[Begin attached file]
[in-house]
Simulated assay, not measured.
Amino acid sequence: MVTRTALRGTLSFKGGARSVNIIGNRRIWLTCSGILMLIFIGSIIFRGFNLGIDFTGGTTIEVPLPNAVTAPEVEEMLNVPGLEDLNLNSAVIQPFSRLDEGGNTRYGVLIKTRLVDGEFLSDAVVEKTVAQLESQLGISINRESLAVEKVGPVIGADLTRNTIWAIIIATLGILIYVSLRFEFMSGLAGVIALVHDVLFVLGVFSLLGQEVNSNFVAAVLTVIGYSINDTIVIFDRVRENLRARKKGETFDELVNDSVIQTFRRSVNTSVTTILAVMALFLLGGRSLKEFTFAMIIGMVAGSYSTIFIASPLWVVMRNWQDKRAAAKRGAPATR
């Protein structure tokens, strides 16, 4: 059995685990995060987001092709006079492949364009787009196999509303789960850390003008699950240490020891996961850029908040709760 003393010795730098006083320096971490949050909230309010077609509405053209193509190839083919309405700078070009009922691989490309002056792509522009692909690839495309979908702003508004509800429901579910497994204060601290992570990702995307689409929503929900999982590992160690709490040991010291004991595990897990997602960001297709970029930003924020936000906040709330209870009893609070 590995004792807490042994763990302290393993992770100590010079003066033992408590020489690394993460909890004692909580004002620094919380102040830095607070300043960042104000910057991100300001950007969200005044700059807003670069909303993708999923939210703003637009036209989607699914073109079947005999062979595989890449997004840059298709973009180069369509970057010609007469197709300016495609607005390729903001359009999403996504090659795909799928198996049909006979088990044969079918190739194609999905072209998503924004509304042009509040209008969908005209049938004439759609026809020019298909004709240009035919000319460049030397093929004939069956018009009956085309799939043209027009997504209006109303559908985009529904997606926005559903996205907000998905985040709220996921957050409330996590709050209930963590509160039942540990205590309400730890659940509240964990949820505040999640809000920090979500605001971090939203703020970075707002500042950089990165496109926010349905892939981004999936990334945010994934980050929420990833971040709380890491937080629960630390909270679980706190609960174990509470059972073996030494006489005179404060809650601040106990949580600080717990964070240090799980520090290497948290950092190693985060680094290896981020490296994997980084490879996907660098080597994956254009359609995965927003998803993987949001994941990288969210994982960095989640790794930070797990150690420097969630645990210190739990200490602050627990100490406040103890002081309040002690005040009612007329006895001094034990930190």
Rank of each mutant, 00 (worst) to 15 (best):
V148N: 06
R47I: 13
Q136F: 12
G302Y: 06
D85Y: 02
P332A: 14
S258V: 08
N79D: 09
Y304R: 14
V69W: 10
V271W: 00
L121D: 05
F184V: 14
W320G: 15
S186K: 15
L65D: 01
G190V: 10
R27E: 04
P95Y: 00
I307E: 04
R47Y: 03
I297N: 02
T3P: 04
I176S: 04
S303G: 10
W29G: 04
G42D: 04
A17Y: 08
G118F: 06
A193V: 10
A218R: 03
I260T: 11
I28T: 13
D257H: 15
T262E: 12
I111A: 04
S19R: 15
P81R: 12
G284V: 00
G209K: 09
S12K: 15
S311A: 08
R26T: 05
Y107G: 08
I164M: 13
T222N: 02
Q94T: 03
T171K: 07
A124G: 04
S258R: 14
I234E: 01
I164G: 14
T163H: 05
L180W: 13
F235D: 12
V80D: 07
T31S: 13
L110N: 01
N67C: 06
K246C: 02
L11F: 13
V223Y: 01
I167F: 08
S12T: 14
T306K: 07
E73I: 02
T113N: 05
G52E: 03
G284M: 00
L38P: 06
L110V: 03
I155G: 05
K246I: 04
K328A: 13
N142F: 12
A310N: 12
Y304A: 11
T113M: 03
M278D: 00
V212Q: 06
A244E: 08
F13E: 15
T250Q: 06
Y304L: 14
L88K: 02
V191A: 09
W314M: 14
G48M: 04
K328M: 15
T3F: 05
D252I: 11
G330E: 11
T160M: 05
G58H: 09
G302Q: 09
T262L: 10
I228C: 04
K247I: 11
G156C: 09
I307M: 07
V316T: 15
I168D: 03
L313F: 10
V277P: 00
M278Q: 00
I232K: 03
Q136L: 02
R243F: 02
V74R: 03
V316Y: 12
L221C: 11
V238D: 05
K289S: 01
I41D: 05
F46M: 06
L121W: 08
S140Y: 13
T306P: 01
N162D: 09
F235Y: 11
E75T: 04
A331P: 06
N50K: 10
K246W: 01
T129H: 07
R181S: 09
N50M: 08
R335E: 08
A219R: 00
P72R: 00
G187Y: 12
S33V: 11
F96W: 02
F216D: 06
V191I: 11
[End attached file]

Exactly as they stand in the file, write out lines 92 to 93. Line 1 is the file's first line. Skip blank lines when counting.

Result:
W314M: 14
G48M: 04